I had a random thought of Friday after seeing another post. My question stimulates from the term drawdown, we all would assume this is when you have a run of bad trades, correct. I can see this holding true more with a mechanical system, hence the market just isnt in your systems sweet spot so you encounter losses. But if your system is based off of your experience of reading the market you should only en cure a few losses before your mind adapts and you adjust your trading to it.
Looking forward to your thoughts guys, because behind this question applies money management. Ie. if you can overcome drawdowns in quick enough real time to minimize losses, then one could actually trade a larger percentage of his account and grow it quicker or not?
The following user says Thank You to Rad4633 for this post:
A drawdown refers to a series of trades. The drawdown is the worst outcome of any subset of consecutive trades, or otherwise put the longest down leg of your equity curve, which connects a relative high to a relative low. The drawdown should be expressed in absolute value, if you use a constant position size. It should be exrpessed in percent if you follow a fixed fractional approach.
If you are a discretionary trader, that is a trader who does not strictly folllow a set of rules but follows his guts, then the drawdown does not mean a lot.
If you follow a mechanical system derived from a set of rules, then the maximum drawdown is an indicator of the quality of this system and can be used to determine position sizing or leverage. However, I would not simply use the drawdown of a series of trades, but rather create a Monte Carlo simulation - that is selecting trades from that series by using a random generator - to determine the maximum drawdown, and then calculate the position size from all the drawdowns resulting from the Monte Carlo simulation.
The following user says Thank You to Fat Tails for this post:
The market is a bit like herding cats, it is not as easy as it looks and you do not learn, because that is just when it changes on you.
Here look at this: 4 Types of Trades | Real-Time Trading Ideas @MissTrade
If you study it you will see that before the final pattern comes out many things look the same and you need to learn from experience what pattern is coming. For example if a head and shoulders does not finish it becomes a double top.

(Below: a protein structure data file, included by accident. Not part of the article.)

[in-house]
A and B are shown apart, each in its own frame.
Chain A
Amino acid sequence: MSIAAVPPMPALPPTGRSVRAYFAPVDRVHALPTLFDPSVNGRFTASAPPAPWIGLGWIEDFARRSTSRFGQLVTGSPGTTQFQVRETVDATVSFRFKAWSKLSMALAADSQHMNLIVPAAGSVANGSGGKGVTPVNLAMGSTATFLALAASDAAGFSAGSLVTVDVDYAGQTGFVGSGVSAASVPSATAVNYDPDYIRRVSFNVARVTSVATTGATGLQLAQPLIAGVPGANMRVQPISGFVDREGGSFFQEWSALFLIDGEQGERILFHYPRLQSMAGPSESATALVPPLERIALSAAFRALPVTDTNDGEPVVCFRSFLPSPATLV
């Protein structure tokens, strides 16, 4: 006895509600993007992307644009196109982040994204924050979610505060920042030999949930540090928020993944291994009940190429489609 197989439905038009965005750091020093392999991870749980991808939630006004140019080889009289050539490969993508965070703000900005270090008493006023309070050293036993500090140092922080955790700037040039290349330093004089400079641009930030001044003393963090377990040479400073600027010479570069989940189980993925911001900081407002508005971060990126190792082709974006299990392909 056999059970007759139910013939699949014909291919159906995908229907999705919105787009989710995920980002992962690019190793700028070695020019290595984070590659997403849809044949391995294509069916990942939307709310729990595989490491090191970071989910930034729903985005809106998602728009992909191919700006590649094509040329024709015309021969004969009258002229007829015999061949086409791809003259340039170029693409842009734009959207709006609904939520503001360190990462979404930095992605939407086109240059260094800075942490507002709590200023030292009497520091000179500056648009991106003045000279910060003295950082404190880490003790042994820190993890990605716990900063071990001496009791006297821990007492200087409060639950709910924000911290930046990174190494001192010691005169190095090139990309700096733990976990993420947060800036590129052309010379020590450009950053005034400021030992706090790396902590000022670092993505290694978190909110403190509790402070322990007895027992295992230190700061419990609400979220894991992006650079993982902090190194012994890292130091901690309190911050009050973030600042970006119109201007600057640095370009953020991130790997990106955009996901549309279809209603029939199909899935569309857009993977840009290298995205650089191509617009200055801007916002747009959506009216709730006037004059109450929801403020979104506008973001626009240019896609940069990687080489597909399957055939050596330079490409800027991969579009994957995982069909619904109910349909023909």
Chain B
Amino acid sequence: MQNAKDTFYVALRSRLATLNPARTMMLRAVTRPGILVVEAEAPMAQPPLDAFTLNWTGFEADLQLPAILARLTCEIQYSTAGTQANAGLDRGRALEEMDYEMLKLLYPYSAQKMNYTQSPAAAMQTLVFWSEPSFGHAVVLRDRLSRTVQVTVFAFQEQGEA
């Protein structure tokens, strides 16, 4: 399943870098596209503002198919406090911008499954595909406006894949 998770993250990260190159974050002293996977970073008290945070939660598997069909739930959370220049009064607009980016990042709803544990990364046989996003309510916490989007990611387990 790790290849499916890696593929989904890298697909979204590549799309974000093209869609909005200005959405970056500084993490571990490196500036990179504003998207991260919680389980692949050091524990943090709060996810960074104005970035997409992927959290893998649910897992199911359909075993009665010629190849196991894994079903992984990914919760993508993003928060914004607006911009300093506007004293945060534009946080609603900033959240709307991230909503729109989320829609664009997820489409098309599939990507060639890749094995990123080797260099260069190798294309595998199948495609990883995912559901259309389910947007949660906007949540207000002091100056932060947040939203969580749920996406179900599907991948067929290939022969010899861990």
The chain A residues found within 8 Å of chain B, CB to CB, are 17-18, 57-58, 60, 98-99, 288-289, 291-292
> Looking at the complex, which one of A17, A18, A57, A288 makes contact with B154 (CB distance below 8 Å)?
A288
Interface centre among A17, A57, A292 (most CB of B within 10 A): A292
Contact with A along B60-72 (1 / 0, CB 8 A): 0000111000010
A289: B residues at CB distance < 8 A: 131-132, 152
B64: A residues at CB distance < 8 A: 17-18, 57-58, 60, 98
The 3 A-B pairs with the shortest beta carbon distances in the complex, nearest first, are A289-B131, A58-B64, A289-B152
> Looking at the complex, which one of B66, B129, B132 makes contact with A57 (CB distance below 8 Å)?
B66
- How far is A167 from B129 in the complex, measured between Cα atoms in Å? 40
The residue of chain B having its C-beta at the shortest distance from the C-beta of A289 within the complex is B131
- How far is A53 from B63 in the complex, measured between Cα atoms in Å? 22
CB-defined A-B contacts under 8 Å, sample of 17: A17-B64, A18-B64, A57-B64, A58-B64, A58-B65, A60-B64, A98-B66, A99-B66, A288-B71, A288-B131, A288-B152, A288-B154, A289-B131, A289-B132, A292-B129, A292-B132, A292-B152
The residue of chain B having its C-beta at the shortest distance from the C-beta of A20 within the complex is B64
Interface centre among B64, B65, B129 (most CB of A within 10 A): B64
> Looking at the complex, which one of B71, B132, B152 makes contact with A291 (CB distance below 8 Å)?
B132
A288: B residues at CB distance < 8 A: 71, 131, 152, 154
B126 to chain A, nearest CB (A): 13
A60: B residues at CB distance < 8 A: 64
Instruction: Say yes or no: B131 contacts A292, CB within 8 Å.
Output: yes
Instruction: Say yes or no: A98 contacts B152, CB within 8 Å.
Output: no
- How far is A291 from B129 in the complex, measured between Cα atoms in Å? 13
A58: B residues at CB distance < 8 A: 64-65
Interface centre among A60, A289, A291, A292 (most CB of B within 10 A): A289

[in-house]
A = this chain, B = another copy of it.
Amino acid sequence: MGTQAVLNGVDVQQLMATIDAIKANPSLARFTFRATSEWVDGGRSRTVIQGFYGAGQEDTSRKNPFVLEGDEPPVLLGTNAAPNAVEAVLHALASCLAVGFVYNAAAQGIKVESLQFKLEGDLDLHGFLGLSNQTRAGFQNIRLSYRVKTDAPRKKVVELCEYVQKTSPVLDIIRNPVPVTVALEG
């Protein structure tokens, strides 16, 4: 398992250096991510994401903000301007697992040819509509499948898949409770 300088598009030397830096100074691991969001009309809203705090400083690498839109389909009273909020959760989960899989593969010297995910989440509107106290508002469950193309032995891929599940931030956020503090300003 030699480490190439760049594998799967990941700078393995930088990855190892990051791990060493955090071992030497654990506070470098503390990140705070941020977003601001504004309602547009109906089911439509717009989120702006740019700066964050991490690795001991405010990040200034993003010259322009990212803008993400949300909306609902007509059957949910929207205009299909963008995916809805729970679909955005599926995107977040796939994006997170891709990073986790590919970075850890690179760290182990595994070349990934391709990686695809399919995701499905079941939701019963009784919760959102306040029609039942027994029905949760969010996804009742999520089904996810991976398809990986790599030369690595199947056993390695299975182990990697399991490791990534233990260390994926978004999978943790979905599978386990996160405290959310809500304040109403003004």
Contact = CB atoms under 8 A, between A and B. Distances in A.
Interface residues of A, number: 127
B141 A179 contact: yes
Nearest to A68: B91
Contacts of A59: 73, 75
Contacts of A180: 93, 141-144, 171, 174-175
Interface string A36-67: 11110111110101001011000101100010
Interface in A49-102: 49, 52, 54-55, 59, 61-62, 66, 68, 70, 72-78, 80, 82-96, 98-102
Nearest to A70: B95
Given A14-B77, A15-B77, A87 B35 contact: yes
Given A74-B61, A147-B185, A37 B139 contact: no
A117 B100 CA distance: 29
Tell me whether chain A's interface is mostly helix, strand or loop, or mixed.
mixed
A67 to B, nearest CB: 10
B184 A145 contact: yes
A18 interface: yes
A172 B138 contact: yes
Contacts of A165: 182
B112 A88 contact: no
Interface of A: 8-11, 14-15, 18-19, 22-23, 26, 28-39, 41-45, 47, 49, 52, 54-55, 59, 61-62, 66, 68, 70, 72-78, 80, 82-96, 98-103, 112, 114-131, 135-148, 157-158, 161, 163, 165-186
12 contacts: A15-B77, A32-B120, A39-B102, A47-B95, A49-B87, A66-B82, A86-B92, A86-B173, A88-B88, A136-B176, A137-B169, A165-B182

Trends and "revision to the mean" are obvious with hind sight, but require opposite strategies to trade.
For example if you look at this chart SPY - SharpCharts Workbench - StockCharts.com
you would say the market is in a range, if you trade this market with Bollinger Bands you will make a bundle. Ah but very little in this chart will warn you that the market was about to break out and run up -- but it did.
Prediction is very hard, especially about the future - Yogi Berra
There is a very true adage: "You can beat a horse race, but you can't beat the races.” So it is with market operations. There are times when money can be made investing and speculating in stocks, but money cannot consistently be made trading every day or every week during the year. Only the foolhardy will try it. It just is not in the cards and cannot be done -- Jesse Livermore
Hi Rad4633, an interesting notion, thanks for raising it.
I'd agree with FatTails in that without a decent period of testing which includes Monte Carlo runs, you do not really understand approximately what may or may not happen in the future. If your Monte Carlo engine tells you have a 5% chance of encountering 13 losers in a row you are better armed to encouter such a run of losers when it actually happens - and of course allocate your capital in order to protect it.
If you trade manually then you have the additional variable of what is going on in your head. If that means straying too far from your rules, validity of any testing done based on those rules is going to be diluted. Your question is about discretionary traders being able aware of, and then adjusting to, periods of drawdown to be able to overcome them and increase risk. I'd say that it is exactly at such times that trust in a system (where such trust is based on solid testing) will allow a trader to make objective choices, without that platform decision making can quickly become subjective.
So nice to think that in a period of unexpected drawdown (and aren't they always unexpected!) a discretionary trader could think their way calmly out of it. It's certainly a skill I would like to add to my toolbox.